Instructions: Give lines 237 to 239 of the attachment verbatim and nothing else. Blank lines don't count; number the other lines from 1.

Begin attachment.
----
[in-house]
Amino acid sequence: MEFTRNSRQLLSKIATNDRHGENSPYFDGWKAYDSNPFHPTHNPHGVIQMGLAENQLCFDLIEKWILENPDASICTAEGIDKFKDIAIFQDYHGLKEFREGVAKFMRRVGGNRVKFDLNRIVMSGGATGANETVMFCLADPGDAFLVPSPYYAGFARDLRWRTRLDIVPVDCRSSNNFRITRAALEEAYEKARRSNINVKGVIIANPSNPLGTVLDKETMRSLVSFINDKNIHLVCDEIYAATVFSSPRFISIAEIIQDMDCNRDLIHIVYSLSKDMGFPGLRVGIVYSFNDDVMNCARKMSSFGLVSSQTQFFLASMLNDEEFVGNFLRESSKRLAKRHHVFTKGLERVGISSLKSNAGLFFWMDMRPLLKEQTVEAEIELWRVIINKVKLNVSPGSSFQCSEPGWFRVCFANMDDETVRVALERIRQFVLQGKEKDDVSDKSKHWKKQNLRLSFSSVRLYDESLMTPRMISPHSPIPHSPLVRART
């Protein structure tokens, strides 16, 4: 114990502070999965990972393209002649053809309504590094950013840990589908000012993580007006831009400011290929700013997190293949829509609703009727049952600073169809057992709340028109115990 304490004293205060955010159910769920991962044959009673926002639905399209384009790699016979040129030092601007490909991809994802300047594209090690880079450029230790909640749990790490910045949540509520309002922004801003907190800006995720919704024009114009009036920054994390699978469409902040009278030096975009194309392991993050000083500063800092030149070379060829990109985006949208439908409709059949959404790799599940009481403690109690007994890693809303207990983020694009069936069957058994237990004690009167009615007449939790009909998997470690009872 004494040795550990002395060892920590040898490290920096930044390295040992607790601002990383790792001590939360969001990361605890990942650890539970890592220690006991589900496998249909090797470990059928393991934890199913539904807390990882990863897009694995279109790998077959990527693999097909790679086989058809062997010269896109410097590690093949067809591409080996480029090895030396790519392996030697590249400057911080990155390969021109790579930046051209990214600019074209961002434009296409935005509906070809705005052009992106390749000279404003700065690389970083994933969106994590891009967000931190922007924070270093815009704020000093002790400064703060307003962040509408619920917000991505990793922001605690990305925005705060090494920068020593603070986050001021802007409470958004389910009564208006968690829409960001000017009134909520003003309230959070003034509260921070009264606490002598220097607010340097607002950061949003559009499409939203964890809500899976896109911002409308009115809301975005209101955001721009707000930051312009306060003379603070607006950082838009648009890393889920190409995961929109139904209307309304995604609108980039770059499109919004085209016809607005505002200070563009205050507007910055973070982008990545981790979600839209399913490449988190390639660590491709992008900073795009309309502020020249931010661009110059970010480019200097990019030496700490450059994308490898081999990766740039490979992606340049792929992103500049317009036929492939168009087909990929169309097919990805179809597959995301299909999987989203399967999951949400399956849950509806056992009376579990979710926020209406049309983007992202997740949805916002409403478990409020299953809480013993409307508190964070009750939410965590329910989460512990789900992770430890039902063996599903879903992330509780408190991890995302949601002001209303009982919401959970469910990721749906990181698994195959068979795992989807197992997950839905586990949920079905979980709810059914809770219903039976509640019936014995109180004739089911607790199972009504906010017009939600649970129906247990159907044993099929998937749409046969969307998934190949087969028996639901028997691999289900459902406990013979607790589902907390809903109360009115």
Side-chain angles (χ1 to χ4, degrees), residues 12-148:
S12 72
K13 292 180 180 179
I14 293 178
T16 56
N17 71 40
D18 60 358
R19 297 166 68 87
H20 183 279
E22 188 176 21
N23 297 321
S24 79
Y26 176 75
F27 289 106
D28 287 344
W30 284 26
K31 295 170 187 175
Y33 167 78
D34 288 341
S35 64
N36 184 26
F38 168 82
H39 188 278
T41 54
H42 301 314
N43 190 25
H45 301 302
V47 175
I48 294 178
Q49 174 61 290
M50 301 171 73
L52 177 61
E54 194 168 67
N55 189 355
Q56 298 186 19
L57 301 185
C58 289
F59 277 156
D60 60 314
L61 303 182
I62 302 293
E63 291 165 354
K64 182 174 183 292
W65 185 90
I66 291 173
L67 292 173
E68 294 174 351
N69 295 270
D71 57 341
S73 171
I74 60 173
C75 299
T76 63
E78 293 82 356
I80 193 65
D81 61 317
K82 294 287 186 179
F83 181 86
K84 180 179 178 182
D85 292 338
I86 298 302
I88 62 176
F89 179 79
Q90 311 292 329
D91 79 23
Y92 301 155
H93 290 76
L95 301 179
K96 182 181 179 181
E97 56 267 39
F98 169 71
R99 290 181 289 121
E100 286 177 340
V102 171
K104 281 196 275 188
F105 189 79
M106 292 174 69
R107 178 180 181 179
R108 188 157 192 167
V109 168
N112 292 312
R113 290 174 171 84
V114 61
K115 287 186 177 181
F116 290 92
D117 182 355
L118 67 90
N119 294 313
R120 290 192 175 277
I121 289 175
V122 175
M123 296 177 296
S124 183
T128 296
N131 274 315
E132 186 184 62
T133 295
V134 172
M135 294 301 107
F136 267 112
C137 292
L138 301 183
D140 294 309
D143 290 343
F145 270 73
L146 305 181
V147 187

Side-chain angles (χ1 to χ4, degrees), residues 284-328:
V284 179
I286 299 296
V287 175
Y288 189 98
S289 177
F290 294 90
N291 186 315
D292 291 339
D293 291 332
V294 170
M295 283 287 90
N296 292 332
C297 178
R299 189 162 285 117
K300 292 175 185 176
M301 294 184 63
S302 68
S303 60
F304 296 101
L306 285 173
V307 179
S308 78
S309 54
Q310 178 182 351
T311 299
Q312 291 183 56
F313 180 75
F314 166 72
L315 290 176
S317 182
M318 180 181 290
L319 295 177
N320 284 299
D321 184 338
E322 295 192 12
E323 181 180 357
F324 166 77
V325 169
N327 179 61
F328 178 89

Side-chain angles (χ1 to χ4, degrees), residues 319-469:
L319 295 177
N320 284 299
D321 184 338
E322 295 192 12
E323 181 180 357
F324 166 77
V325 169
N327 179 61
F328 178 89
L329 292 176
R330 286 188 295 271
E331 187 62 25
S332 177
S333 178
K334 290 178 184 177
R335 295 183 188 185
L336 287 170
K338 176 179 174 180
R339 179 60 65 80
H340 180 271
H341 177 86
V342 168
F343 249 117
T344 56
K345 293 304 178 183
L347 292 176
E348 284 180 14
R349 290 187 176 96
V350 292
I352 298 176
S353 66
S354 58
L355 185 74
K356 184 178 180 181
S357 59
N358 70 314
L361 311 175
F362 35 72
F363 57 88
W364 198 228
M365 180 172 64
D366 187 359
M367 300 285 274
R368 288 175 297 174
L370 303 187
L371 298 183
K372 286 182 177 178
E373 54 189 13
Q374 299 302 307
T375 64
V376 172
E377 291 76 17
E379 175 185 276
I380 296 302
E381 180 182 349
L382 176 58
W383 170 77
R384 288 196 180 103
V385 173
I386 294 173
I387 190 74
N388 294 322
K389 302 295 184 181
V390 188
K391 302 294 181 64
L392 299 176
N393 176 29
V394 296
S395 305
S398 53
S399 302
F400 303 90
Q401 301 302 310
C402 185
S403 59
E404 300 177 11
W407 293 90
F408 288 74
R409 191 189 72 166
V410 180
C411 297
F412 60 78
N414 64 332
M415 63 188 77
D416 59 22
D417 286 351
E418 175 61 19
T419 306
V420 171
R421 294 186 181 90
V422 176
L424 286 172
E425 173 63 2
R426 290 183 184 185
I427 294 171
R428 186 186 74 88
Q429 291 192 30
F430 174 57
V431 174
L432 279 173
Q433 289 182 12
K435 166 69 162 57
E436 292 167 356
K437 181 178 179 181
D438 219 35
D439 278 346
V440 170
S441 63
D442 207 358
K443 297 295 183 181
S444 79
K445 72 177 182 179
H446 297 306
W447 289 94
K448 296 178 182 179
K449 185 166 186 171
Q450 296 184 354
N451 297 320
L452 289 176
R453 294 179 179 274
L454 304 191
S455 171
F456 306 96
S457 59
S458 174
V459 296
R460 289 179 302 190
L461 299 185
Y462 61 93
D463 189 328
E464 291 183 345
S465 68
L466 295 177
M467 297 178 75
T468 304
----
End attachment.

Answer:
D416 59 22
D417 286 351
E418 175 61 19